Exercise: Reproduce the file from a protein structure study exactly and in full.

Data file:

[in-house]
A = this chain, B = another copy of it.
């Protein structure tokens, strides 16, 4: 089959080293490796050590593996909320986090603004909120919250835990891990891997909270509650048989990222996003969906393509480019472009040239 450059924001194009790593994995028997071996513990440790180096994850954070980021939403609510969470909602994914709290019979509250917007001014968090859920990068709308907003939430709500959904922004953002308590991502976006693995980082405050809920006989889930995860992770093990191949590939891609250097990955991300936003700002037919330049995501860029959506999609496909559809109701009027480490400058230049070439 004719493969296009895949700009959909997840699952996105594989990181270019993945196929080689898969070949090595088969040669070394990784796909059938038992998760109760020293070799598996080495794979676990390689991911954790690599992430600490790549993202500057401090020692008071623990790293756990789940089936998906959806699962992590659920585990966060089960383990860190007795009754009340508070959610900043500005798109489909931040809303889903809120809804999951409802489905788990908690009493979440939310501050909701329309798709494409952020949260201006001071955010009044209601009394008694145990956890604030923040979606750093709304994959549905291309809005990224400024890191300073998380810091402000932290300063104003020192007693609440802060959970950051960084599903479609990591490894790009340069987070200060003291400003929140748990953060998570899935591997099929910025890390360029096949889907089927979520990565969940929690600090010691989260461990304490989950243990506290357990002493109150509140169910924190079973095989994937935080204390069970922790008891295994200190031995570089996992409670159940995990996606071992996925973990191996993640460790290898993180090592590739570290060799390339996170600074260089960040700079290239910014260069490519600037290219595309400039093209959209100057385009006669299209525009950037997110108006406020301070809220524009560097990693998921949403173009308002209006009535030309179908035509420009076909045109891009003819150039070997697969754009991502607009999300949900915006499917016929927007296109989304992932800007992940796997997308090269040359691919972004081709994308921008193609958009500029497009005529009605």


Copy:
[in-house]
A = this chain, B = another copy of it.
């Protein structure tokens, strides 16, 4: 089959080293490796050590593996909320986090603004909120919250835990891990891997909270509650048989990222996003969906393509480019472009040239 450059924001194009790593994995028997071996513990440790180096994850954070980021939403609510969470909602994914709290019979509250917007001014968090859920990068709308907003939430709500959904922004953002308590991502976006693995980082405050809920006989889930995860992770093990191949590939891609250097990955991300936003700002037919330049995501860029959506999609496909559809109701009027480490400058230049070439 004719493969296009895949700009959909997840699952996105594989990181270019993945196929080689898969070949090595088969040669070394990784796909059938038992998760109760020293070799598996080495794979676990390689991911954790690599992430600490790549993202500057401090020692008071623990790293756990789940089936998906959806699962992590659920585990966060089960383990860190007795009754009340508070959610900043500005798109489909931040809303889903809120809804999951409802489905788990908690009493979440939310501050909701329309798709494409952020949260201006001071955010009044209601009394008694145990956890604030923040979606750093709304994959549905291309809005990224400024890191300073998380810091402000932290300063104003020192007693609440802060959970950051960084599903479609990591490894790009340069987070200060003291400003929140748990953060998570899935591997099929910025890390360029096949889907089927979520990565969940929690600090010691989260461990304490989950243990506290357990002493109150509140169910924190079973095989994937935080204390069970922790008891295994200190031995570089996992409670159940995990996606071992996925973990191996993640460790290898993180090592590739570290060799390339996170600074260089960040700079290239910014260069490519600037290219595309400039093209959209100057385009006669299209525009950037997110108006406020301070809220524009560097990693998921949403173009308002209006009535030309179908035509420009076909045109891009003819150039070997697969754009991502607009999300949900915006499917016929927007296109989304992932800007992940796997997308090269040359691919972004081709994308921008193609958009500029497009005529009605």